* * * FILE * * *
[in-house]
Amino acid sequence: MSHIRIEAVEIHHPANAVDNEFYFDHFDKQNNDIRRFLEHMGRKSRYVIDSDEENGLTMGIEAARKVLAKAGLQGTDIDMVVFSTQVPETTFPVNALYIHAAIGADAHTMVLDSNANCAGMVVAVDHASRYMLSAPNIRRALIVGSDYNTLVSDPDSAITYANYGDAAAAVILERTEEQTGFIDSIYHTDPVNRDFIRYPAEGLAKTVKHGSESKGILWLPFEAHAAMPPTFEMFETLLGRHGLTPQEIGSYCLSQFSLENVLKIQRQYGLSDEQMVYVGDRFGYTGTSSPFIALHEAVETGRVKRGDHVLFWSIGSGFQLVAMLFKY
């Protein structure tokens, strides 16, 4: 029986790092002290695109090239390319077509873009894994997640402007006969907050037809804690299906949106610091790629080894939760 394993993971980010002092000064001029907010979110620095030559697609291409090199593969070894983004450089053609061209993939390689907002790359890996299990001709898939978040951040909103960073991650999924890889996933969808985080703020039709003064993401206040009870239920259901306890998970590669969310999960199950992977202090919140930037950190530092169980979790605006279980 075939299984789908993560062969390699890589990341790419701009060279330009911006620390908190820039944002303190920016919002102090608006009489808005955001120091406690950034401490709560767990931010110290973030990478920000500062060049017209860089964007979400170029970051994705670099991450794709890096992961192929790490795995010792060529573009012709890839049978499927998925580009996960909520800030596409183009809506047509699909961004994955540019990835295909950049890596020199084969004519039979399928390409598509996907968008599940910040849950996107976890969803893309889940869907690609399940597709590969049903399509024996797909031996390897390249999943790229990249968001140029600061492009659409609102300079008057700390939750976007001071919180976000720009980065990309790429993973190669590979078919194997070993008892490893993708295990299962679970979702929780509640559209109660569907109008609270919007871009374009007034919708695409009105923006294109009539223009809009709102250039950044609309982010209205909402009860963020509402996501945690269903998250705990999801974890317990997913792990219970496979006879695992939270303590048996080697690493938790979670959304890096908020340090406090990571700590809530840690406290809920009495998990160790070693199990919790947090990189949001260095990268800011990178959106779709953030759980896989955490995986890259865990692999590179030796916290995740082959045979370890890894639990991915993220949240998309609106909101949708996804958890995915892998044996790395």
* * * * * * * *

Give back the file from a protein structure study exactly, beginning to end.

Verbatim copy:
[in-house]
Amino acid sequence: MSHIRIEAVEIHHPANAVDNEFYFDHFDKQNNDIRRFLEHMGRKSRYVIDSDEENGLTMGIEAARKVLAKAGLQGTDIDMVVFSTQVPETTFPVNALYIHAAIGADAHTMVLDSNANCAGMVVAVDHASRYMLSAPNIRRALIVGSDYNTLVSDPDSAITYANYGDAAAAVILERTEEQTGFIDSIYHTDPVNRDFIRYPAEGLAKTVKHGSESKGILWLPFEAHAAMPPTFEMFETLLGRHGLTPQEIGSYCLSQFSLENVLKIQRQYGLSDEQMVYVGDRFGYTGTSSPFIALHEAVETGRVKRGDHVLFWSIGSGFQLVAMLFKY
């Protein structure tokens, strides 16, 4: 029986790092002290695109090239390319077509873009894994997640402007006969907050037809804690299906949106610091790629080894939760 394993993971980010002092000064001029907010979110620095030559697609291409090199593969070894983004450089053609061209993939390689907002790359890996299990001709898939978040951040909103960073991650999924890889996933969808985080703020039709003064993401206040009870239920259901306890998970590669969310999960199950992977202090919140930037950190530092169980979790605006279980 075939299984789908993560062969390699890589990341790419701009060279330009911006620390908190820039944002303190920016919002102090608006009489808005955001120091406690950034401490709560767990931010110290973030990478920000500062060049017209860089964007979400170029970051994705670099991450794709890096992961192929790490795995010792060529573009012709890839049978499927998925580009996960909520800030596409183009809506047509699909961004994955540019990835295909950049890596020199084969004519039979399928390409598509996907968008599940910040849950996107976890969803893309889940869907690609399940597709590969049903399509024996797909031996390897390249999943790229990249968001140029600061492009659409609102300079008057700390939750976007001071919180976000720009980065990309790429993973190669590979078919194997070993008892490893993708295990299962679970979702929780509640559209109660569907109008609270919007871009374009007034919708695409009105923006294109009539223009809009709102250039950044609309982010209205909402009860963020509402996501945690269903998250705990999801974890317990997913792990219970496979006879695992939270303590048996080697690493938790979670959304890096908020340090406090990571700590809530840690406290809920009495998990160790070693199990919790947090990189949001260095990268800011990178959106779709953030759980896989955490995986890259865990692999590179030796916290995740082959045979370890890894639990991915993220949240998309609106909101949708996804958890995915892998044996790395």